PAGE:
INRS researchers and international partners have succeeded in looking at spin inside rare earth materials, using a tabletop ultrafast soft-X-ray microscope, for the first time.
Complex networks of systems are required for sharing real-time information. Switching the magnetization, or electron spin, of magnetic materials with ultra-short femtosecond laser pulses is a promising strategy for speeding up data storage devices. However, how the spin evolves in the nanoworld on extremely short time scales, such as one-millionth of one billionth of a second, has remained largely mysterious. In collaboration with TU Wien, Austria, the French national synchrotron facility (SOLEIL), and other international partners, Professor François Légaré’s team at the Institut national de la recherche scientifique (INRS) has made a significant breakthrough in this field. On April 6, 2022, their study was published in the journal Optica.
Until now, studies on the subject have relied heavily on limited-access large X-ray facilities such as free-electron lasers and synchrotrons. The team demonstrates, for the first time, a tabletop ultrafast soft X-ray microscope to spatiotemporally resolve the spin dynamics inside rare earth materials, which are promising for spintronic devices.
This new soft X-ray source based on a high-energy Ytterbium laser represents a significant step forward in the investigation of future energy-efficient and high-speed spintronic devices and could be used for many applications in physics, biology, and chemistry.
“Our approach provides a robust, cost-efficient, and energy-scalable elegant solution for many laboratories. It allows the study of ultrafast dynamics in nanoscale and mesoscale structures with both nanometer spatial and femtosecond temporal resolutions, as well as with the element specificity,” says Professor Andrius Baltuska, at TU Wien.
Bright X-ray pulses to watch the spin
With this bright source of X-ray photons, a series of snapshot images of the nanoscale rare earth magnetic structures have been recorded. They clearly expose the fast demagnetization process, and the results provide rich information on the magnetic properties that are as accurate as those obtained using large-scale X-ray facilities.
“Development of ultrafast tabletop X-ray sources is exciting for cutting-edge technological applications and modern fields of science. We are excited about our results, which could be helpful for future research for spintronics, as well as other potential fields,” says INRS postdoctoral researcher, Dr. Guangyu Fan.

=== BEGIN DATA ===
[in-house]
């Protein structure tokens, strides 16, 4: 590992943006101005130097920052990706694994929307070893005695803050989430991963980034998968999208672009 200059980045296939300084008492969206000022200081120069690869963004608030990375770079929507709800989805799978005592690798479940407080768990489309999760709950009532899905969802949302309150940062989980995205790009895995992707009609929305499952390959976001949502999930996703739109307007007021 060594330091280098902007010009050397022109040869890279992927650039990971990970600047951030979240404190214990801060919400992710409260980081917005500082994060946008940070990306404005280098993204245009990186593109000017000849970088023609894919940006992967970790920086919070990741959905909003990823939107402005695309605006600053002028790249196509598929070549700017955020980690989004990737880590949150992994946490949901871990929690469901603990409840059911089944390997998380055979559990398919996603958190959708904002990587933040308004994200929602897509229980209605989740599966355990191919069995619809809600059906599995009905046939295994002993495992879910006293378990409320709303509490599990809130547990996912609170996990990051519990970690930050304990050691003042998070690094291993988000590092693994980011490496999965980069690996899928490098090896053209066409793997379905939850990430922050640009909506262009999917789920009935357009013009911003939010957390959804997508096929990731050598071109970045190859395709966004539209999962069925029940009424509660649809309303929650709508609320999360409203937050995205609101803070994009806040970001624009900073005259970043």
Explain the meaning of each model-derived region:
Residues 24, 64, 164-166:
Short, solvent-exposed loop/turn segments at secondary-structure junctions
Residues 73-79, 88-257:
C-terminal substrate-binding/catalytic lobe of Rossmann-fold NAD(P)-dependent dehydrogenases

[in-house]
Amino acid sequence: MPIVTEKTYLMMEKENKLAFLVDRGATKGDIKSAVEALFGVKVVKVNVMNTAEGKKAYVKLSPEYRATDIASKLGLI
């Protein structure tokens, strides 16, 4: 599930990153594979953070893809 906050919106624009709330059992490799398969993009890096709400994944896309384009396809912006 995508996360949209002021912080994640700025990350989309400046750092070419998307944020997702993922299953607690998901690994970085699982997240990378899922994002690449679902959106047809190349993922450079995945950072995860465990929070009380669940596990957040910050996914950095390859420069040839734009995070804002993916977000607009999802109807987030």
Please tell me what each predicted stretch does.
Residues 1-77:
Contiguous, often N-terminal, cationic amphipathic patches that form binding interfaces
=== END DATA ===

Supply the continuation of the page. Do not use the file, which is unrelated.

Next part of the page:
“Rare earth systems are trending in the community because of their nanometer size, faster speed, and topologically protected stability. The X-ray source is very attractive for many studies on future spintronic devices composed of rare earth.” says Nicolas Jaouen, senior scientist at the French national synchrotron facility.
Professor Légaré emphasizes the collaborative work between experts in the development of state-of-the-art light sources and ultrafast dynamics in magnetic materials at the nanoscale. “Considering the quick emergence of high-power Ytterbium laser technology, this work represents huge potential for high-performance soft X-ray sources. This new generation of lasers, which will be available soon at the Advanced Laser Light Source (ALLS), will have many future applications for the fields of physics, chemistry, and even biology,” he says.
Reference: “Ultrafast magnetic scattering on ferrimagnets enabled by a bright Yb-based soft x-ray source” by G. Fan, K. Légaré, V. Cardin, X. Xie, R. Safaei, E. Kaksis, G. Andriukaitis, A. Pugžlys, B. E. Schmidt, J. P. Wolf, M. Hehn, G. Malinowski, B. Vodungbo, E. Jal, J. Lüning, N. Jaouen, G. Giovannetti, F. Calegari, Z. Tao, A. Baltuška, F. Légaré and T. Balčiūnas, 6 April 2022, Optica.
The study received fincancial support from the Natural Sciences and Engineering Research Council of Canada, the Fonds de recherche du Québec – Nature et technologies (FRQNT) and PRIMA Québec, among others. The ALLS laboratory also benefits from an investment from the Canada Foundation for Innovation (CFI).
INRS is a university dedicated exclusively to graduate level research and training. Since its creation in 1969, INRS has played an active role in Québec’s economic, social, and cultural development and is ranked first for research intensity in Québec. INRS is made up of four interdisciplinary research and training centres in Québec City, Montréal, Laval, and Varennes, with expertise in strategic sectors: Eau Terre Environnement, Énergie Matériaux Télécommunications, Urbanisation Culture Société, and Armand-Frappier Santé Biotechnologie. The INRS community includes more than 1,500 students, postdoctoral fellows, faculty members, and staff.
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